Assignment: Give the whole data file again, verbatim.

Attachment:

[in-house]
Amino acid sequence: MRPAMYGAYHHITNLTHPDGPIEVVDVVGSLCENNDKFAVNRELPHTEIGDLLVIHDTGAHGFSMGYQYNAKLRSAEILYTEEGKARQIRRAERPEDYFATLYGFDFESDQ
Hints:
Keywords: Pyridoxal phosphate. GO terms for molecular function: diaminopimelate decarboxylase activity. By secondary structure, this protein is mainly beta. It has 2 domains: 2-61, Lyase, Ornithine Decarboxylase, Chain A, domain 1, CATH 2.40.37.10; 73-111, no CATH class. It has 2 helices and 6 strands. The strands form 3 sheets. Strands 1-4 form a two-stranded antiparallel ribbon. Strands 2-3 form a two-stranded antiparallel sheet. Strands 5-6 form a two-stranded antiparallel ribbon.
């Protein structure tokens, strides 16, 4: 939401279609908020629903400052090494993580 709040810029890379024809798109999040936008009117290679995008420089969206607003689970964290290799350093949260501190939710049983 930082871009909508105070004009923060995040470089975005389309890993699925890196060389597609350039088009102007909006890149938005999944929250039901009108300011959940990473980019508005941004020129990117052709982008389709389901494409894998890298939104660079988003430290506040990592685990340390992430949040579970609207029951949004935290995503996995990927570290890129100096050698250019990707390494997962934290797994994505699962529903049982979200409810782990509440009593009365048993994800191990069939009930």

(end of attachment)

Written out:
[in-house]
Amino acid sequence: MRPAMYGAYHHITNLTHPDGPIEVVDVVGSLCENNDKFAVNRELPHTEIGDLLVIHDTGAHGFSMGYQYNAKLRSAEILYTEEGKARQIRRAERPEDYFATLYGFDFESDQ
Hints:
Keywords: Pyridoxal phosphate. GO terms for molecular function: diaminopimelate decarboxylase activity. By secondary structure, this protein is mainly beta. It has 2 domains: 2-61, Lyase, Ornithine Decarboxylase, Chain A, domain 1, CATH 2.40.37.10; 73-111, no CATH class. It has 2 helices and 6 strands. The strands form 3 sheets. Strands 1-4 form a two-stranded antiparallel ribbon. Strands 2-3 form a two-stranded antiparallel sheet. Strands 5-6 form a two-stranded antiparallel ribbon.
């Protein structure tokens, strides 16, 4: 939401279609908020629903400052090494993580 709040810029890379024809798109999040936008009117290679995008420089969206607003689970964290290799350093949260501190939710049983 930082871009909508105070004009923060995040470089975005389309890993699925890196060389597609350039088009102007909006890149938005999944929250039901009108300011959940990473980019508005941004020129990117052709982008389709389901494409894998890298939104660079988003430290506040990592685990340390992430949040579970609207029951949004935290995503996995990927570290890129100096050698250019990707390494997962934290797994994505699962529903049982979200409810782990509440009593009365048993994800191990069939009930």